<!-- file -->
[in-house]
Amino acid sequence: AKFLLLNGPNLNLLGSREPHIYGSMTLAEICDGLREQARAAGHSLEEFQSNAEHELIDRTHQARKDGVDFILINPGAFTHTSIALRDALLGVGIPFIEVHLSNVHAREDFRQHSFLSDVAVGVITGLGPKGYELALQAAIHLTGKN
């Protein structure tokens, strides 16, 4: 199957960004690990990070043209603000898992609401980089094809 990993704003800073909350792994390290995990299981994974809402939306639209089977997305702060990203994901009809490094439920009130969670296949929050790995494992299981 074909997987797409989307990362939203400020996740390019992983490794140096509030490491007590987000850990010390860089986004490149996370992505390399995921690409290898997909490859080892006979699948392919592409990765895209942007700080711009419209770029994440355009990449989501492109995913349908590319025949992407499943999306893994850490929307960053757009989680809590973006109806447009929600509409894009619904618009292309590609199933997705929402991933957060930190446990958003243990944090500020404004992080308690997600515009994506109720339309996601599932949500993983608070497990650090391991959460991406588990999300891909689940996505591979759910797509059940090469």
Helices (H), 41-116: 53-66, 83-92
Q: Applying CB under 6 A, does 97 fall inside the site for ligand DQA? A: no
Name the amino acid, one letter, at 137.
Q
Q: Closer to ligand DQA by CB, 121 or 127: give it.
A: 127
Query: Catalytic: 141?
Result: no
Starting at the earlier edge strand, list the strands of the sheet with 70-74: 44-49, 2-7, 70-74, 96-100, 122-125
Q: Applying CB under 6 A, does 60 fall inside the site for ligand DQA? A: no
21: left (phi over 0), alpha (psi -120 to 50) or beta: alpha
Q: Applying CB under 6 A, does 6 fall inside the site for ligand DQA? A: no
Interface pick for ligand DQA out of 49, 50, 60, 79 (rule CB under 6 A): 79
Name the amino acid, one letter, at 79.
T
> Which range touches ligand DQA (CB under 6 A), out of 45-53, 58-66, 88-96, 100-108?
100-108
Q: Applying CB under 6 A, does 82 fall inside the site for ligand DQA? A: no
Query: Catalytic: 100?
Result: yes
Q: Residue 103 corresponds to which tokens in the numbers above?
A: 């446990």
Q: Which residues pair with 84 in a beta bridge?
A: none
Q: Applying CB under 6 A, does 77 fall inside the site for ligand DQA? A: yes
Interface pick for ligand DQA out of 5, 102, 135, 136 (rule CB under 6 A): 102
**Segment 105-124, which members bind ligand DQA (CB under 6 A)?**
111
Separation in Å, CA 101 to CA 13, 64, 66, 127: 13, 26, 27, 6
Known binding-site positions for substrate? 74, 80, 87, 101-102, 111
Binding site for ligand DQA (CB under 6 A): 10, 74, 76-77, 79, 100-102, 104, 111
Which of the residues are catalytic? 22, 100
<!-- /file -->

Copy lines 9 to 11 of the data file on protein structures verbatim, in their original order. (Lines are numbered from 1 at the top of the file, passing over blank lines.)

A: 127
Query: Catalytic: 141?
Result: no